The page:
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Salient: Victoria University Students' Newspaper. Vol. 24, No. 8. 1961.

Phipps Pounced Upon

Phipps Pounced Upon

Sir,—Mr Phipps's naivete about world affairs would be most touching, did he not imagine that his naivete was cynicism.

Mr Phipps appears to believe that Communists are wicked and omnipotent beings who can turn any protest, demonstration or public action to their own use. Mr Phipps is out of date.

Even more out of date is his belief that Moscow is using the "idealists, zealots, and their hangers-on in this university." Does Mr Phipps really believe that idealism and zeal are such dirty words? One had believed only Senator McCarthy thought in those terms.

It may well be that Moscow can use people who "race protesting in the streets just because there is an issue which they may or may not take the trouble to understand." It seems dubious, however, to me. What evidence does Mr Phipps give that anybody anytime, anywhere, has participated in any demonstration unthinkingly? None. And if people have understood the issues about which they demonstrate, what objection has Mr Phipps to this? Does thinking about politics somehow help Moscow?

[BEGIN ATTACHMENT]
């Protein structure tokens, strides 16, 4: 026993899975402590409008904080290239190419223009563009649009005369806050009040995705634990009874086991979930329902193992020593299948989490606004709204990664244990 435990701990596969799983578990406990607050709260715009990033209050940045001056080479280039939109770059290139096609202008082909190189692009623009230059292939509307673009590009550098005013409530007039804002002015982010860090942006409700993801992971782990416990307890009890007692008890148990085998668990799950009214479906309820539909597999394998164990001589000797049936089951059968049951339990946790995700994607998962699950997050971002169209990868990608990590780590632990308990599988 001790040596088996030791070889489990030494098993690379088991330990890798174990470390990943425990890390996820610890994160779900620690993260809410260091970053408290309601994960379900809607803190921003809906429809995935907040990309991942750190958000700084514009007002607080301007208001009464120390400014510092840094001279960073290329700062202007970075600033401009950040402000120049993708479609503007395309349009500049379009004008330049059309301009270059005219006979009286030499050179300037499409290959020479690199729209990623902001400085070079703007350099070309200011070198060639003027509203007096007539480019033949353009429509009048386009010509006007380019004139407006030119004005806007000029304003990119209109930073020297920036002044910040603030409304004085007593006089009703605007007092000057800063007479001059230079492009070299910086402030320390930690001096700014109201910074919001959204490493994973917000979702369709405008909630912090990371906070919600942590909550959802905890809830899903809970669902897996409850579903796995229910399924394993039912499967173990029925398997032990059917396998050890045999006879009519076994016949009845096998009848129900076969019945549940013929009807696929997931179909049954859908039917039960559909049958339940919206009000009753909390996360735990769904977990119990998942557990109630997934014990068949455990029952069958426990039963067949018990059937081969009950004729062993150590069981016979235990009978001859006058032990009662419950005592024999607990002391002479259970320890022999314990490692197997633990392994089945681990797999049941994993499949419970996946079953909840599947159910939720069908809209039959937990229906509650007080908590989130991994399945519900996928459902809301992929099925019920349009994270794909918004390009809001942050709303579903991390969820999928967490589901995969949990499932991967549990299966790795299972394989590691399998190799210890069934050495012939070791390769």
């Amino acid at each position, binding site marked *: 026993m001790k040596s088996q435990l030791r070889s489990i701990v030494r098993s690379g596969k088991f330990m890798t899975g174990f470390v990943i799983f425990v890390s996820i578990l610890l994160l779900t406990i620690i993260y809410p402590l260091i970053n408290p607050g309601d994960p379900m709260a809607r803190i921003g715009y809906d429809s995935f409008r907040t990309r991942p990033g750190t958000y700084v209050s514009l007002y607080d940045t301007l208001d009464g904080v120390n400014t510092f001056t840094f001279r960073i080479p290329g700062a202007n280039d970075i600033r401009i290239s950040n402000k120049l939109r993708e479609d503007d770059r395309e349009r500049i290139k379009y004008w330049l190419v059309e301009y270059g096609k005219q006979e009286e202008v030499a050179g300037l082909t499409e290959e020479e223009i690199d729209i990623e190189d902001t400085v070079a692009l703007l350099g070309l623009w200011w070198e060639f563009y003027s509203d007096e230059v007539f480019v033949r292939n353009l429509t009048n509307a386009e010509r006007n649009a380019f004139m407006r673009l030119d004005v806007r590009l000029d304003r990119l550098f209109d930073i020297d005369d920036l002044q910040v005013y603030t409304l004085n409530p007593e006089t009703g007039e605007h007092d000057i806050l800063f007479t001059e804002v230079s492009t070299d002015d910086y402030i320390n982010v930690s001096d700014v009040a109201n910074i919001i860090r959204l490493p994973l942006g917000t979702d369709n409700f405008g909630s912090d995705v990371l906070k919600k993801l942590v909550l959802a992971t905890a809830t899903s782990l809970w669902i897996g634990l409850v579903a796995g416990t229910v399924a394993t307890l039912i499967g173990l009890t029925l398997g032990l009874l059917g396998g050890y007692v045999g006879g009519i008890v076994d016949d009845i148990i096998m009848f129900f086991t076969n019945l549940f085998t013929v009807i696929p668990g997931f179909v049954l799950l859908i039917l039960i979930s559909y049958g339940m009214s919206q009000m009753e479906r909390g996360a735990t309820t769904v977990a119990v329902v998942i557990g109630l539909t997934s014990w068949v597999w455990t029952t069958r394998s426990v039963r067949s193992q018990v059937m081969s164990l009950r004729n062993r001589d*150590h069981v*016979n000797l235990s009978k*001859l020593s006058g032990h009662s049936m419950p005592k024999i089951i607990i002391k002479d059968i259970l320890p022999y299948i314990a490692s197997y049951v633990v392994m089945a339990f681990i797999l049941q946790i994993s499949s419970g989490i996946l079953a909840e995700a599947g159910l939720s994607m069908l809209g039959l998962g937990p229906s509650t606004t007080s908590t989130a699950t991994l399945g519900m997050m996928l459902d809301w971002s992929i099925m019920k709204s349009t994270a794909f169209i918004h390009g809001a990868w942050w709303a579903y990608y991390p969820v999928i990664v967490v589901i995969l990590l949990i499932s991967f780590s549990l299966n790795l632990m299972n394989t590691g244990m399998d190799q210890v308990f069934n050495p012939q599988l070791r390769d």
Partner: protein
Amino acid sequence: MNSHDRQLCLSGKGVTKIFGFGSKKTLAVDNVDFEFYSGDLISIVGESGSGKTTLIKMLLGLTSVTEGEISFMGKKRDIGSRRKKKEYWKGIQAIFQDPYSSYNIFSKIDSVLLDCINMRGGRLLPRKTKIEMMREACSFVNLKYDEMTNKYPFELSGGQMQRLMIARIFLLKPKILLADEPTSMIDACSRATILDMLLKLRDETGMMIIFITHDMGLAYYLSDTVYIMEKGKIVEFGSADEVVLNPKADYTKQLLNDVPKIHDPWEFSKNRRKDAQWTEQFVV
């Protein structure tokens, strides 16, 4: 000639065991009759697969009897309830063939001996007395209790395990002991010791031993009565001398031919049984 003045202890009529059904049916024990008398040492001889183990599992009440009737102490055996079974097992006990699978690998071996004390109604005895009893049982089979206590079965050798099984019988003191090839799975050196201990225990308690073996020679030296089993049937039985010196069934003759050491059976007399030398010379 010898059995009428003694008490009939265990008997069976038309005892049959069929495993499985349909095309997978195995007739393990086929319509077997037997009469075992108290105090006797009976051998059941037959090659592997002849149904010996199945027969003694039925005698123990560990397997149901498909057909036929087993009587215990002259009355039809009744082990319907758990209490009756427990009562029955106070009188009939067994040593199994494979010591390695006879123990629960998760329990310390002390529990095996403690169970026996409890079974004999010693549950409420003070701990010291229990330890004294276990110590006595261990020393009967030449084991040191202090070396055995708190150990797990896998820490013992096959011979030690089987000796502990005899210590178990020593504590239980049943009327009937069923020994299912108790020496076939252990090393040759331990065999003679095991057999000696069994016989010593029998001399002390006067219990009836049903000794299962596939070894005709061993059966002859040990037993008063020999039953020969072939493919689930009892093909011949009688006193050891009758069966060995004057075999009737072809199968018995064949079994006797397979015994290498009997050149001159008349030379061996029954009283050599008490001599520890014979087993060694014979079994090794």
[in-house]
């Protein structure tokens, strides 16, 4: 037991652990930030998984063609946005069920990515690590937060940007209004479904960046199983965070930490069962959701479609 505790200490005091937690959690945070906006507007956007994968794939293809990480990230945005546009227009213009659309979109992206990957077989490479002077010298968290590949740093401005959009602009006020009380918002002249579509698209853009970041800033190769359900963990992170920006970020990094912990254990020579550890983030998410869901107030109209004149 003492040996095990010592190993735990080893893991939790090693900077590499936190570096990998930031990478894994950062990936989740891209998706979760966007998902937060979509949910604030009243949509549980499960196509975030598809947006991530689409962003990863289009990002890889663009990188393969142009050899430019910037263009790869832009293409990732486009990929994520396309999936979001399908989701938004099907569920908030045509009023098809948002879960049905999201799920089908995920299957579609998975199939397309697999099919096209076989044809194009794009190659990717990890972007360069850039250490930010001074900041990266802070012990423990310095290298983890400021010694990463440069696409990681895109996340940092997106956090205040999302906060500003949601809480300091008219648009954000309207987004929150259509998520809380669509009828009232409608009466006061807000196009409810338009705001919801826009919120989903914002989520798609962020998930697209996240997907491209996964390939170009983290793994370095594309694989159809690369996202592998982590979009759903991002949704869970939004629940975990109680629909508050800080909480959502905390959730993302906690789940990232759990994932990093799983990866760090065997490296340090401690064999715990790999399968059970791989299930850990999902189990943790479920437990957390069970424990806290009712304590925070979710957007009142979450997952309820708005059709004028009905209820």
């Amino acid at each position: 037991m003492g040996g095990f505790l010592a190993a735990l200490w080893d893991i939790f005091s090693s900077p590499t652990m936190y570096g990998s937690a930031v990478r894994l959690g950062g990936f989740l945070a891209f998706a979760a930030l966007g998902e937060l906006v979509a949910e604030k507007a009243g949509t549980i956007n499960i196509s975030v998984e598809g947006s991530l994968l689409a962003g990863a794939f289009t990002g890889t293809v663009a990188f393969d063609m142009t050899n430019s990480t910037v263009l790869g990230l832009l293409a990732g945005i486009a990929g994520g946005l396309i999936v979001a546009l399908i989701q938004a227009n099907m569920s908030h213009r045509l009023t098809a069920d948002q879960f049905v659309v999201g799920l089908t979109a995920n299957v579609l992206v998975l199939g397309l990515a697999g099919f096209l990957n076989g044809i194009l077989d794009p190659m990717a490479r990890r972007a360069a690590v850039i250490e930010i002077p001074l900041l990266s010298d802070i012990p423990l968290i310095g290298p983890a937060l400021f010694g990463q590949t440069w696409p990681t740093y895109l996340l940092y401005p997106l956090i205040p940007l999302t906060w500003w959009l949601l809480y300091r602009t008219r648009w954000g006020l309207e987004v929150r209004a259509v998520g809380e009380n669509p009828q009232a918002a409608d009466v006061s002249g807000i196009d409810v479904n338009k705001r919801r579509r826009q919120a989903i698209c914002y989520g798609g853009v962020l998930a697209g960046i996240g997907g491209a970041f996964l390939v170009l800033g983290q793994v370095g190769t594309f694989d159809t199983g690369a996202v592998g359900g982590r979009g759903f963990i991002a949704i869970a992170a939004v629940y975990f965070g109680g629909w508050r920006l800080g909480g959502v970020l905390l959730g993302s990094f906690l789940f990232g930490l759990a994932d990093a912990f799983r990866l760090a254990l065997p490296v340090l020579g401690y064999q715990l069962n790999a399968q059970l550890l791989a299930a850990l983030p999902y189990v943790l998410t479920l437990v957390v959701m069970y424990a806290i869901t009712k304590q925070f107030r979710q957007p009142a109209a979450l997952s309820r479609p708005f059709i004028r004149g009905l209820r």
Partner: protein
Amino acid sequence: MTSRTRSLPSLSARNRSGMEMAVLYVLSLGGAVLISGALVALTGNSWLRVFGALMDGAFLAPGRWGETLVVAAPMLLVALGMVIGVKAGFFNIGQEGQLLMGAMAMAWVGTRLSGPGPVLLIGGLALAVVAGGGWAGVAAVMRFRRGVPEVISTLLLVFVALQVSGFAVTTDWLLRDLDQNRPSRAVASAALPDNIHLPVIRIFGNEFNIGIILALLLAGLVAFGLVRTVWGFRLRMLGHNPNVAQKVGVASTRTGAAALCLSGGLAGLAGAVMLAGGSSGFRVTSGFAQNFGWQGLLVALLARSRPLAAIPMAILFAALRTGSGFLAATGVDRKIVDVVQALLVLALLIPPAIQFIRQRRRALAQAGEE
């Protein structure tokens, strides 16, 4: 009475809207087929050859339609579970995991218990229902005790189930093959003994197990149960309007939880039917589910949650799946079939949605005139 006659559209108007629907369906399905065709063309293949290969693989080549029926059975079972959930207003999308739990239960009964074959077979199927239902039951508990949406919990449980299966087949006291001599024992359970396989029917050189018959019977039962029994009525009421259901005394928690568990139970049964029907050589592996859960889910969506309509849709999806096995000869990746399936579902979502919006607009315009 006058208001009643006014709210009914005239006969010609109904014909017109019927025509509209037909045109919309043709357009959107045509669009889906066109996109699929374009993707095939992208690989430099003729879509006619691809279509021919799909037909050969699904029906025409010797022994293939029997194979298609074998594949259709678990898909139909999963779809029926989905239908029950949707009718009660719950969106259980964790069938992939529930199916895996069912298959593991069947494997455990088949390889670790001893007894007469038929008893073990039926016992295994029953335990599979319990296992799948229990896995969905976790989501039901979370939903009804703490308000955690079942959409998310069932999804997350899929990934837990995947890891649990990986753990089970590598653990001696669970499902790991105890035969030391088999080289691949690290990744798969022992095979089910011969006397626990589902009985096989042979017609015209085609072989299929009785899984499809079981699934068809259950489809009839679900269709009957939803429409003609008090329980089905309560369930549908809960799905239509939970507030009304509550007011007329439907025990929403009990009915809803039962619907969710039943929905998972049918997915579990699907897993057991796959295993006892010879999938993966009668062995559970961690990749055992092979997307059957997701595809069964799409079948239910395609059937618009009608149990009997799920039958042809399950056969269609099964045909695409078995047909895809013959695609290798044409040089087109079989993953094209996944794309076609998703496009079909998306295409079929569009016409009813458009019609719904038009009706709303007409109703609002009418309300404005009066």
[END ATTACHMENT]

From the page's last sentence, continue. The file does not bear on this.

Mr Phipps, unhappily, gives us no details: the matter is no doubt self-evident to all good anti-Communists.

Does a demonstration help Moscow by challenging government policy? Mr Phipps gives no evidence that it does. If Mr Phipps prefers not to participate in demonstrations because they are non-U, I have no objection to his saying so. What I do object to is an incompetent rationalisation of his subconscious prejudices. Even Mr Dulles rationalised his prejudices intelligently.

A demonstration, surely, is an act of faith in democracy. Mr Phipps has obviously not much faith in the common sense of the ordinary man. If he has no faith in the ordinary people how can he believe in democracy? If he does not believe in democracy, must he not believe in dictatorship? And if he believes in dictatorship, is he not—in all sincerity, of course—a tool of Moscow?

The not should not call the kettle black.

Owen Gager.